• ‘In fact, he argued that it was because of this exalted nature that the arts, and culture more generally, could guide the nation in its path toward development.’
      • ‘Yet Cocteau made ‘the noblest and most exalted claims’ for poets, and the poet's immortality is very special and real.’
      • ‘The work ends by reinforcing humankind's exalted nature.’
      • ‘Fifty years after the Bloody Shouldered Arabian's importation, the Arabian still offered the loftiest, most exalted image in the English horse painter's repertoire.’
      • ‘I was born in the late 1940s and I remember growing up what high hopes and exalted opinion we had of India's future and its leaders.’
      • ‘He has a far too exalted estimation of human reason and far too optimistic a view of human nature.’
      • ‘It remains, indeed, a sublime mystery that Bach's exalted creative ideals appear to have been so little constrained by the limited means at his disposal.’
      • ‘Hindus regard death as a most exalted human experience, the migration of the soul from one dimension of consciousness to another, a transition we have all experienced many times.’
      • ‘Only connect the prose and the passion, and both will be exalted, and human love will be seen at its height.’
      • ‘But reunification, an unprecedented experiment in social and political reclamation, was bound to fall short of the exalted German ideal of national solidarity.’
      • ‘Thus instead of being useless or morally questionable, leisure becomes an exalted ideal, akin to virtue.’
      • ‘This article explores how Head used Romantic notions that exalted primitivism and the ‘noble savage’ to justify this plan.’
      • ‘Of course another possibility is that Pangle does not view philosophy as noble at all - and that he merely employs an exalted rhetoric to attract people, and especially young people, to the study of it.’
      • ‘In saluting his life of violence, exile and running, there is the satisfaction of heroism and human grandeur, an athletic and aesthetic pleasure, something exalted and defiant about his refusal to serve.’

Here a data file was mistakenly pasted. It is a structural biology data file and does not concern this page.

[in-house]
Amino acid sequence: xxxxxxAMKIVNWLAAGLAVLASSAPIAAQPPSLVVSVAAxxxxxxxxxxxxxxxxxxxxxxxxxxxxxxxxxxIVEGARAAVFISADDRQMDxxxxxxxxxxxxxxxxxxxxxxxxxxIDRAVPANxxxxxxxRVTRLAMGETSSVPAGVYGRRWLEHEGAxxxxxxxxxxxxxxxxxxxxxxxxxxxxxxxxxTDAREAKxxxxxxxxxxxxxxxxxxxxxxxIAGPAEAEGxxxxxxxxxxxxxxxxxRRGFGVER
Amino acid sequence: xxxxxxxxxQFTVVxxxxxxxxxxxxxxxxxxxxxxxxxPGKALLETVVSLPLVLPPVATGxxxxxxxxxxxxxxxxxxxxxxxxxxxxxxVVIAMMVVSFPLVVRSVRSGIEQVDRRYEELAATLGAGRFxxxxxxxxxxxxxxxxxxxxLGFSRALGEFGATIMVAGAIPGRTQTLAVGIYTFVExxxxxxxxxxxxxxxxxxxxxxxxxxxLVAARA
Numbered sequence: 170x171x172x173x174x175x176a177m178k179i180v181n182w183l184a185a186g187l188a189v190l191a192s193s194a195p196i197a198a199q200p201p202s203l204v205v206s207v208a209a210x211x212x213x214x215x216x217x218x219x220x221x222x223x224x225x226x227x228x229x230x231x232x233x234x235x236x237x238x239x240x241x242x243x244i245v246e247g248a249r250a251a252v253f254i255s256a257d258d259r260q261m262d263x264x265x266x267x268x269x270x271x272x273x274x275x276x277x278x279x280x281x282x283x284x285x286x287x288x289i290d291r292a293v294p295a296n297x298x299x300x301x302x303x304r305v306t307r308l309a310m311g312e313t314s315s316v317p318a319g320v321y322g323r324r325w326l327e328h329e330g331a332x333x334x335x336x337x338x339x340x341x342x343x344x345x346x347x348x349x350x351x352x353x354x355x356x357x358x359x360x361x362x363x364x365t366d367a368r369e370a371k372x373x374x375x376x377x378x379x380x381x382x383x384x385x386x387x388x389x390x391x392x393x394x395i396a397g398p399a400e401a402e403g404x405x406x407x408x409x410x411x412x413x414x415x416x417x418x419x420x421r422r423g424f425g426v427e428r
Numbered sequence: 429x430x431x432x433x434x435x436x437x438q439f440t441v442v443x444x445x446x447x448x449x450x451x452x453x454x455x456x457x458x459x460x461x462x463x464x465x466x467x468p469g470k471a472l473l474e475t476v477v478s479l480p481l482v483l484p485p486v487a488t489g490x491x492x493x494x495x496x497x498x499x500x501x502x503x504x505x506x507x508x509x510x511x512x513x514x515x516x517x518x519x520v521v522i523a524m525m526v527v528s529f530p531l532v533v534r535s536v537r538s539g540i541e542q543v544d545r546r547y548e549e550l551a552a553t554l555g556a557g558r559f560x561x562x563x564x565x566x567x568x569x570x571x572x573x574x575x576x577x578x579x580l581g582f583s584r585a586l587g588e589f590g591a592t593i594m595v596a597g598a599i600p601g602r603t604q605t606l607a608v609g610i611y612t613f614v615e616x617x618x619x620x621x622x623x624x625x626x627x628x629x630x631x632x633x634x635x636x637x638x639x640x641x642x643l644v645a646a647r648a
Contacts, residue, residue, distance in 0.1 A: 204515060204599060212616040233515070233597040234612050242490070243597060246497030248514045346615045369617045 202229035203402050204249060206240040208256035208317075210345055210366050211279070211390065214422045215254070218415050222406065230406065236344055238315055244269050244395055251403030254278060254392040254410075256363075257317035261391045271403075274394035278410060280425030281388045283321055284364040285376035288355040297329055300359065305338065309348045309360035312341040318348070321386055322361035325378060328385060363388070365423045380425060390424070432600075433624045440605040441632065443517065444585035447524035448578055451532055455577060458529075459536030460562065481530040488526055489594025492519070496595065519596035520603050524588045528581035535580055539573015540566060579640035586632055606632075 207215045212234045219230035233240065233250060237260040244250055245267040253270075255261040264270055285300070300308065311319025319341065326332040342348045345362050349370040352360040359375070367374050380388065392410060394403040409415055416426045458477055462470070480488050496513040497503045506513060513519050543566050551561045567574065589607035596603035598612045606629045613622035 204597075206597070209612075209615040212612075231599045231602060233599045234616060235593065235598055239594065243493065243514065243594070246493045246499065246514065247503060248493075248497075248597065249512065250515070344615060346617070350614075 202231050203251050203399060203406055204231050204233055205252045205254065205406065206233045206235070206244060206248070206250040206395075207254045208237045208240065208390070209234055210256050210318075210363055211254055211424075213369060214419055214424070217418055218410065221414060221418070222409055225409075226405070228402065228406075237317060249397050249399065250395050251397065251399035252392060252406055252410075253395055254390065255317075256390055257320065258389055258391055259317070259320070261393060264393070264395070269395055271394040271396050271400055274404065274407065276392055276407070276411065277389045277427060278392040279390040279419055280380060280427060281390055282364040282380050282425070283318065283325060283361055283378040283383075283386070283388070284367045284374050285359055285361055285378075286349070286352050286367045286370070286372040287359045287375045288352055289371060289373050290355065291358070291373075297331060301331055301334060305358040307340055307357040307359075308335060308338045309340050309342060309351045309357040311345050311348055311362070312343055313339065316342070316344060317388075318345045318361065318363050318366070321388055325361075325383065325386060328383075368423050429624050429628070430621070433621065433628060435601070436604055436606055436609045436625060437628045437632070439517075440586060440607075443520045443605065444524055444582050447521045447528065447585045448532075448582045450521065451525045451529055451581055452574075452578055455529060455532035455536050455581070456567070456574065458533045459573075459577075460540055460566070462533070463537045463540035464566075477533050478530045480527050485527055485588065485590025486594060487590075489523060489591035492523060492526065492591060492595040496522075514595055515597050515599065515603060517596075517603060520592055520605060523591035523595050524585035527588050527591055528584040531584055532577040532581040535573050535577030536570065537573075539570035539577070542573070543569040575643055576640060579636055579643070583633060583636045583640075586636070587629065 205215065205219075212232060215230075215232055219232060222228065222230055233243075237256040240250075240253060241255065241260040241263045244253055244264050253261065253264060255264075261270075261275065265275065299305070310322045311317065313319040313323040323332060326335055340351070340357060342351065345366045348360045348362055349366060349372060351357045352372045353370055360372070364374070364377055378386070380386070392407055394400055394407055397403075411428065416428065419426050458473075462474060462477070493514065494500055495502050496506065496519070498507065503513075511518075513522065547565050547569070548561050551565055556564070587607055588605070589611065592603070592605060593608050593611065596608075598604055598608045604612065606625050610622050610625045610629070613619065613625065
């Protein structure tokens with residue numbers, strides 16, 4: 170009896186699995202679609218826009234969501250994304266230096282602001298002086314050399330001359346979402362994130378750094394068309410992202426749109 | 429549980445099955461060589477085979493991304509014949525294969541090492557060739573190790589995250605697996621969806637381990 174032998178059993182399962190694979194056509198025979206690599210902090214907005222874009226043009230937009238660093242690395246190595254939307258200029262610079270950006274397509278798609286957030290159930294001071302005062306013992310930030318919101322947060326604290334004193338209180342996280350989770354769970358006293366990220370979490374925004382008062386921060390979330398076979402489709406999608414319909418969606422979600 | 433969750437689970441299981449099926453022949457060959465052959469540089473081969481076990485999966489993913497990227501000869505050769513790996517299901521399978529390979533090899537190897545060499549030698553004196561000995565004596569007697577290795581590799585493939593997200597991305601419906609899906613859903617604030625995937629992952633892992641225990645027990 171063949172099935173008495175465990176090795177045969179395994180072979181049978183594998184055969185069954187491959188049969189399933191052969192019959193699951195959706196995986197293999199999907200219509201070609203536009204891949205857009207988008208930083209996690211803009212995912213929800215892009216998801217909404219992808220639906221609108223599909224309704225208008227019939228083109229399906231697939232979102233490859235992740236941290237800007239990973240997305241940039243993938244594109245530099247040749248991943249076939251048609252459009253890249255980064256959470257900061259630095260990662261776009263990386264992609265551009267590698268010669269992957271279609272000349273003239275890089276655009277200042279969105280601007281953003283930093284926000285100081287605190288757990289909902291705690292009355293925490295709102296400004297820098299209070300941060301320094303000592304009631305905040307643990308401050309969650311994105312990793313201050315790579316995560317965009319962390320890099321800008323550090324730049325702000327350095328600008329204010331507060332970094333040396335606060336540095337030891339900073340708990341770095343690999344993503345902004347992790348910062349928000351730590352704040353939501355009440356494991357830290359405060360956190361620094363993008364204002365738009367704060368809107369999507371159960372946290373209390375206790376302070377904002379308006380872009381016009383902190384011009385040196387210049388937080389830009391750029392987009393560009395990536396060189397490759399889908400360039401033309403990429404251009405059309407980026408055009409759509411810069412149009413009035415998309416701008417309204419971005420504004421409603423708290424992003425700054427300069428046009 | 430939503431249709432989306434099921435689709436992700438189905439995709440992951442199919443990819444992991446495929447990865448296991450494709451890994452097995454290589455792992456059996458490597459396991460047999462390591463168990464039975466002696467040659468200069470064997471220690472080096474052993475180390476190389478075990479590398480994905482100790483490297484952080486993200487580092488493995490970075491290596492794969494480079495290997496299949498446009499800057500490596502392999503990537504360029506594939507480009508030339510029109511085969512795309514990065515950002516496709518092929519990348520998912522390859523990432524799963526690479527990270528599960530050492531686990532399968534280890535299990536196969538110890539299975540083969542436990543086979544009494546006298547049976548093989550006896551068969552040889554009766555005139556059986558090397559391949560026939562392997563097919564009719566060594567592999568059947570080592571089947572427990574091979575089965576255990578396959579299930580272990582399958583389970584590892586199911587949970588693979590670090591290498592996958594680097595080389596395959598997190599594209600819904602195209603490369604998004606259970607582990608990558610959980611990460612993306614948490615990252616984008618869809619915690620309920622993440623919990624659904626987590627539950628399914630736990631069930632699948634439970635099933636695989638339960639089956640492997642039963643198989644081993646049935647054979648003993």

• ‘Not needing other people is exalted as a virtue.’
      • ‘Throughout the 2,000 years of Christianity, Mary's image in the visual arts has reflected a tradition that exalted above all other virtues her passivity and obedience.’
      noble, lofty, high-minded, elevated, intellectual, ideal, sublime
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  • 2In a state of extreme happiness.

    ‘I felt exalted and newly alive’
    • ‘They felt numb, stunned, but a feeling of exalted happiness was rushing through their souls.’
    • ‘As does his happy exalted run to school, racing the train.’
    • ‘An exalted call rang out joyfully, overpowering Griffith's next words and catching the Dawns' attentions.’
    • ‘His Masonic music has a distinctive tone, solemn yet exalted and often joyous.’
    • ‘He poured his heart out in soaring songs of praise, in searing prayers, in sublime thanksgiving, in words infinitely more exalted than any I could conjure up.’
    elated, exultant, jubilant, joyful, joyous, triumphant, rapturous, rhapsodic, ecstatic, blissful, transported, delighted, happy, gleeful, exuberant, exhilarated
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/iɡˈzôltəd/ /ɪɡˈzɔltəd/ /eɡˈzôltəd/ /ɛɡˈzɔltəd/ /iɡˈzältəd/ /ɪɡˈzɑltəd/ /eɡˈzältəd/ /ɛɡˈzɑltəd/